Pics from his talk at UMass Lowell- and I cannot believe that was 8 YEARS ago. 

Photos courtesy of Anne Kuthmann and Bruce Lepore.

For a post on that night, and meeting him years later, go here.

My Teacher, Stephen King

(First Published in Parlour Papers, July/Aug 1994)

The University of Maine at Orono was a great place to be in the late 70’s. The turbulent activism of the 60’s had quieted down and the campus had yet to experience the horrors of the 80’s Yuppie greed and the 90’s politically correct agendas.

It was announced in my junior year that Stephen King would be returning to his alma mater to teach for a year as a writer-in-residence. He had had a few hits out and was well-known, but had yet to explode into the megastardom of later years.

It was easy to get into his literature course in horror/science fiction, but I needed his permission for the writing seminar. Off I went to his on-campus office to plead my case (and ask him to sign a few books).

Stephen King is not one of those celebrities who are told “I thought you would be taller” when people meet him for the first time. His height and his eyes are what keep him from going unnoticed. He doesn’t need capes, or fangs, or skeletons to illustrate what he does. He just looks at you (or the camera) and focuses those intense, slightly out-of-kilter eyes through thick glasses, and you get a little nervous. When he smiles, you shiver and go check the children to make sure they’re safe. He knows what effect he has and likes to ham it up a little when he’s in the mood. Nervous as I was, he soon put me at my ease and graciously consented to my requests.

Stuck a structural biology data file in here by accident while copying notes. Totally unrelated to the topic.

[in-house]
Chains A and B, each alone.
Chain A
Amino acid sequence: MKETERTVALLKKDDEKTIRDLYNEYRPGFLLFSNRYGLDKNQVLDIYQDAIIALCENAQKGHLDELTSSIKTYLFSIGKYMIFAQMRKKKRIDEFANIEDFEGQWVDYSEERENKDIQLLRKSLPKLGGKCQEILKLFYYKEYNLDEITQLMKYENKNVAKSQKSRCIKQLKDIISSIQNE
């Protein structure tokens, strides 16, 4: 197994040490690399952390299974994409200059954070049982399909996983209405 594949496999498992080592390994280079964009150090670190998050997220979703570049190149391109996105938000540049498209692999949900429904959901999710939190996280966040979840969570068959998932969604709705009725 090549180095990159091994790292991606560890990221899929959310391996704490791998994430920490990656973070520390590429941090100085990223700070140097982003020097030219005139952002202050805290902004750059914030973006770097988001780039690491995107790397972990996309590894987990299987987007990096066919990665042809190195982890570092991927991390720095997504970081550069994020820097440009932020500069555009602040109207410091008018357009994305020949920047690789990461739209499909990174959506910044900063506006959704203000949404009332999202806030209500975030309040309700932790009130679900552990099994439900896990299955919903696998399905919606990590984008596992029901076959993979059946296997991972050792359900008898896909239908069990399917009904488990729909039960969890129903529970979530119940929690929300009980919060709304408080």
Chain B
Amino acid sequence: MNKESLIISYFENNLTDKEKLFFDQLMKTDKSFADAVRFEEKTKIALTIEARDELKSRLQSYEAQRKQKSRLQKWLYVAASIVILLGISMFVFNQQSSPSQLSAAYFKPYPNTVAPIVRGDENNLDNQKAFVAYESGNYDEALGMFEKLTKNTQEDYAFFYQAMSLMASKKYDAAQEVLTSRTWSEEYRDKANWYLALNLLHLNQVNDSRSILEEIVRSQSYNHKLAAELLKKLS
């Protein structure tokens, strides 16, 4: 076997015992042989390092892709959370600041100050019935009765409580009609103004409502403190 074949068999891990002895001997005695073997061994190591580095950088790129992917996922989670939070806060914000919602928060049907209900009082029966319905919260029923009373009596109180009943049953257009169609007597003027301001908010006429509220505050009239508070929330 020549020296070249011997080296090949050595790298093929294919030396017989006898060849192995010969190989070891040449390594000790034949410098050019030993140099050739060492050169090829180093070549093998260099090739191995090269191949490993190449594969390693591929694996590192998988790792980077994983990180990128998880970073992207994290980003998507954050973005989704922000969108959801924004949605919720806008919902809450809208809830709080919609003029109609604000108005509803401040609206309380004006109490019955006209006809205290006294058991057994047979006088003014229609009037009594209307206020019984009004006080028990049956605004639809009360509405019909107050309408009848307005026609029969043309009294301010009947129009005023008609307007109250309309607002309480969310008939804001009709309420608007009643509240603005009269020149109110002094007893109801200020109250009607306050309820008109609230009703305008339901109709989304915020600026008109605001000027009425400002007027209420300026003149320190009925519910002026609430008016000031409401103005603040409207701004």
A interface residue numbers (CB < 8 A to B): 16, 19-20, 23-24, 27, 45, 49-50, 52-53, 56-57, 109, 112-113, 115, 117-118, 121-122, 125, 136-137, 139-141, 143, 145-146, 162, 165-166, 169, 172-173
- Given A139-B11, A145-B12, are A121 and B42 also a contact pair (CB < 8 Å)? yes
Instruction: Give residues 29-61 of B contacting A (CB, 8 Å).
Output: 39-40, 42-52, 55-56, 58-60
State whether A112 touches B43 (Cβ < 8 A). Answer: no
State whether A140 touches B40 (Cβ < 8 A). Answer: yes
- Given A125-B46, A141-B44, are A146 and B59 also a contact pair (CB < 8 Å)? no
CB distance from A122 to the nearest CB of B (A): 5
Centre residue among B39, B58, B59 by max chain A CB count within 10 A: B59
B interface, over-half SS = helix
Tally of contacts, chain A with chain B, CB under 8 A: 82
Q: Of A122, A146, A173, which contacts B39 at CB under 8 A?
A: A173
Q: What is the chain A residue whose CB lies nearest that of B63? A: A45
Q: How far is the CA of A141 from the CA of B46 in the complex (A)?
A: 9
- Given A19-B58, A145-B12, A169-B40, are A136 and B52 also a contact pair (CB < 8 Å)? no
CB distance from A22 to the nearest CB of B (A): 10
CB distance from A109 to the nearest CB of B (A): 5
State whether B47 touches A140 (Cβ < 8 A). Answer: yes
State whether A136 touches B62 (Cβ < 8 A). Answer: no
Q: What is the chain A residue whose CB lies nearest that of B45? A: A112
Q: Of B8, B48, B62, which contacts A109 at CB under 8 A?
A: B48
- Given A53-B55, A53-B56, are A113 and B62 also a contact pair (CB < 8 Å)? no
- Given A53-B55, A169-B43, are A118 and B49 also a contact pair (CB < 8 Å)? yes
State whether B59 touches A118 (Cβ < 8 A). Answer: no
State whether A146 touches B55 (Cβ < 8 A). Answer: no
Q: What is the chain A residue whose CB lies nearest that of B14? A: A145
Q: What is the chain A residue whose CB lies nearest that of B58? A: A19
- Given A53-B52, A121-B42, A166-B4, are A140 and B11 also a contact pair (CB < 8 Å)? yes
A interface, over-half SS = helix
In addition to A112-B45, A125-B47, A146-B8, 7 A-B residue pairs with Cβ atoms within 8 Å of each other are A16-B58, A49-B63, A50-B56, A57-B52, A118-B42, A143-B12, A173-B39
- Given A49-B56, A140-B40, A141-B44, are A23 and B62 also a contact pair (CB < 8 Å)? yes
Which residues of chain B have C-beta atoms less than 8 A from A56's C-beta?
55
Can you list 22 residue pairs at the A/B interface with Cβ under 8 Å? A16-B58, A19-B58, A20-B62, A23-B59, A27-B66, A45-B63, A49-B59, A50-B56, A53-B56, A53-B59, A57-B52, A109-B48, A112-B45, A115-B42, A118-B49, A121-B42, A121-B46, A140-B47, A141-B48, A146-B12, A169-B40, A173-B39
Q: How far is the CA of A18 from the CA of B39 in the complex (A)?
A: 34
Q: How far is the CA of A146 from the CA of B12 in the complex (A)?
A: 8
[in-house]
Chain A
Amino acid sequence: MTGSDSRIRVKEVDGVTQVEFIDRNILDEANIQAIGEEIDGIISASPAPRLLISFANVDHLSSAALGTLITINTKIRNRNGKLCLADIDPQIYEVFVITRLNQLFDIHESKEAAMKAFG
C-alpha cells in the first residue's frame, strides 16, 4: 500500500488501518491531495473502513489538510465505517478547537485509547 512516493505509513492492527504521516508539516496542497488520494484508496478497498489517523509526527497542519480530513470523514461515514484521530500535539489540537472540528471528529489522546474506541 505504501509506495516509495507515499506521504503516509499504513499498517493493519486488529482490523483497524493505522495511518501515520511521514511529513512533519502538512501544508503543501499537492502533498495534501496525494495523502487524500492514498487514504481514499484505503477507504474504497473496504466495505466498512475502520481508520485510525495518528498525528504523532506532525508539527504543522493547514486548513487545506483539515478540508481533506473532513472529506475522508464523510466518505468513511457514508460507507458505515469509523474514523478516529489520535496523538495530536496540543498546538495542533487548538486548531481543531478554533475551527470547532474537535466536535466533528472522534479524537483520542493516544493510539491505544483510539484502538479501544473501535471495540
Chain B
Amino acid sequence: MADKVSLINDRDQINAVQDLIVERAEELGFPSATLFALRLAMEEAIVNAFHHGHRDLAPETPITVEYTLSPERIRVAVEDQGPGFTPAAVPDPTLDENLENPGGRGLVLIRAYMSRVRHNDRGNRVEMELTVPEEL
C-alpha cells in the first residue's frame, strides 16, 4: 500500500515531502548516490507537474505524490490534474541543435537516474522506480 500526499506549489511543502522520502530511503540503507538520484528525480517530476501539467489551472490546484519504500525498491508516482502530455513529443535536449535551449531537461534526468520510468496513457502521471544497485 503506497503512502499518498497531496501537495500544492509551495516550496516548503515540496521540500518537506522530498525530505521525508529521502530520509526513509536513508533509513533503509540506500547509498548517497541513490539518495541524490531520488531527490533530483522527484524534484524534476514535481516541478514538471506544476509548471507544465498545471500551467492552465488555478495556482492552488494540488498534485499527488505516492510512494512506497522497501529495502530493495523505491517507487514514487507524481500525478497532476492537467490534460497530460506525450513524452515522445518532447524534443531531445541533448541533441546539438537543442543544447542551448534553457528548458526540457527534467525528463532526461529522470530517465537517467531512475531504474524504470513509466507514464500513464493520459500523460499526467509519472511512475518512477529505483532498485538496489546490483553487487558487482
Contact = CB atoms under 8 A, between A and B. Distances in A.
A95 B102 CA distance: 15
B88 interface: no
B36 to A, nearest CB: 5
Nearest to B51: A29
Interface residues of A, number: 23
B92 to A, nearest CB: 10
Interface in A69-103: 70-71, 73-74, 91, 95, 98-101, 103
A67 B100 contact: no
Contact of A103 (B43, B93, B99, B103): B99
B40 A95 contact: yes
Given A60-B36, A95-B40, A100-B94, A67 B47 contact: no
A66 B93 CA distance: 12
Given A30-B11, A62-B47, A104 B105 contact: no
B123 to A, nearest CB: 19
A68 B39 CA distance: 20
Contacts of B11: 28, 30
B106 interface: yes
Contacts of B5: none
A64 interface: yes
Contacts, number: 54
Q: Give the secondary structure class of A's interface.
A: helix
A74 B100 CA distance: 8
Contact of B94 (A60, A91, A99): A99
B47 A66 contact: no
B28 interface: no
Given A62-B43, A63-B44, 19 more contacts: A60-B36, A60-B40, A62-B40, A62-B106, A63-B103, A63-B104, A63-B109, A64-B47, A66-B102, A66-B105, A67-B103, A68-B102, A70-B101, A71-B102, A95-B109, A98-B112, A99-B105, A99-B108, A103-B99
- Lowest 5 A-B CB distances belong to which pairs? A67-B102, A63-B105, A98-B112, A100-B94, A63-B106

The literature course was an excellent study of fiction that shaped the genre, and King provided a well-versed and enthusiastic instructor.  As good as the literature course was, however, I was even happier having my writing critiqued by a writer whose work I enjoyed. King told us right from the start that we were going to write a lot, and we churned out an immense amount of work within a fairly brief time. All of this King read and commented on, and returned in short order, while keeping up with his other classes and writing his own works. This should give you some idea of why he has been so astonishingly prolific over the years.

I had never drilled so hard in writing, before or since. To produce enough work, I had to constantly think of new ideas, create new characters, and plot story after story. King was helpful without being condescending or handholding. He is not a subscriber (as are some writers) to the belief that constantly tearing apart someone’s work makes better writers. Rather, he told you in plain language when writing wasn’t working and why it wasn’t working. When you turned out something good, he was delighted and encouraged you to do more of the same. We made plenty of mistakes, but we learned a great deal. Not unsurprisingly, I wrote horror stories almost exclusively.